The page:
At the end of a European tour for teens the summer before college, a rules-following, 18-year-old girl impulsively travels to Paris with a handsome Shakespearean actor, a one-day adventure that becomes the catalyst for big changes in the way she sees herself and her place in the world.
Nicely integrating the work of Shakespeare as a thematic jumping-off place, author Forman explores “the line between true self and feigned self,” the multiple personae, roles and identities that coexist in a single soul. After Allyson, the dutiful, emotionally muted daughter of a pulmonologist father and helicopter mother, finally breaks out and has a romantic adventure with aforesaid handsome actor, she wakes up alone. She feels betrayed and played, precipitating a hard-to-buy psychological crisis. Once in college, Allyson finds herself unengaged by the pre-med curriculum her parents designed. Although she feels trapped by their expectations, with the support of classmate Dee (who tiptoes through various identities and roles himself) Allyson begins the business of figuring out who she is and what she wants. As she blossoms and emerges from her tedious depression, the novel becomes absorbing, and readers will find themselves rooting for Allyson’s more autonomous and interesting self.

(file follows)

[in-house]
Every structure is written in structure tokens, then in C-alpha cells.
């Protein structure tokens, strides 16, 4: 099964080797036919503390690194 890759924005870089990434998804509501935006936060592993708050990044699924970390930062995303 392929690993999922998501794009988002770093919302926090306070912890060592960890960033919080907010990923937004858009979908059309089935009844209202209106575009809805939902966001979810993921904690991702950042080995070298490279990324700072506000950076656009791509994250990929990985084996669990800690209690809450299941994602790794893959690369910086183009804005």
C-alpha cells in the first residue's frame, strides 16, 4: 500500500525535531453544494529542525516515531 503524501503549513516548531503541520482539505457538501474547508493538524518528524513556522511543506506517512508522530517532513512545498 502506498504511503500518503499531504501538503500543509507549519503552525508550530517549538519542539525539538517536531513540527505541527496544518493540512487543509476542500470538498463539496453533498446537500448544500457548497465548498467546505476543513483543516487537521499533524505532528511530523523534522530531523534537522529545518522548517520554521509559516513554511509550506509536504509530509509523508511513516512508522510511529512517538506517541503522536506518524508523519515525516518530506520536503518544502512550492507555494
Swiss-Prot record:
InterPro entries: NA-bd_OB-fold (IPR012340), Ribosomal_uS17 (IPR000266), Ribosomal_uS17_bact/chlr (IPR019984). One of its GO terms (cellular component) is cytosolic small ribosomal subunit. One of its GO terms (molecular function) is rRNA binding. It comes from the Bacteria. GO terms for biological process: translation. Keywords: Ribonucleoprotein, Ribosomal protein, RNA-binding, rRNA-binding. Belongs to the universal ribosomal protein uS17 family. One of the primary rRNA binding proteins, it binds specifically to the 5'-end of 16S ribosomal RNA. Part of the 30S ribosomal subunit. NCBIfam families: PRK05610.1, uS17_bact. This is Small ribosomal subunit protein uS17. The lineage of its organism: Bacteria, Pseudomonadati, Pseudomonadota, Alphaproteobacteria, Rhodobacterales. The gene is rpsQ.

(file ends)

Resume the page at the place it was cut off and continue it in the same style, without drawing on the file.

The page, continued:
An overlong coming-of-age novel that takes forever to get going but soars at the finish. (Fiction. 14 & up)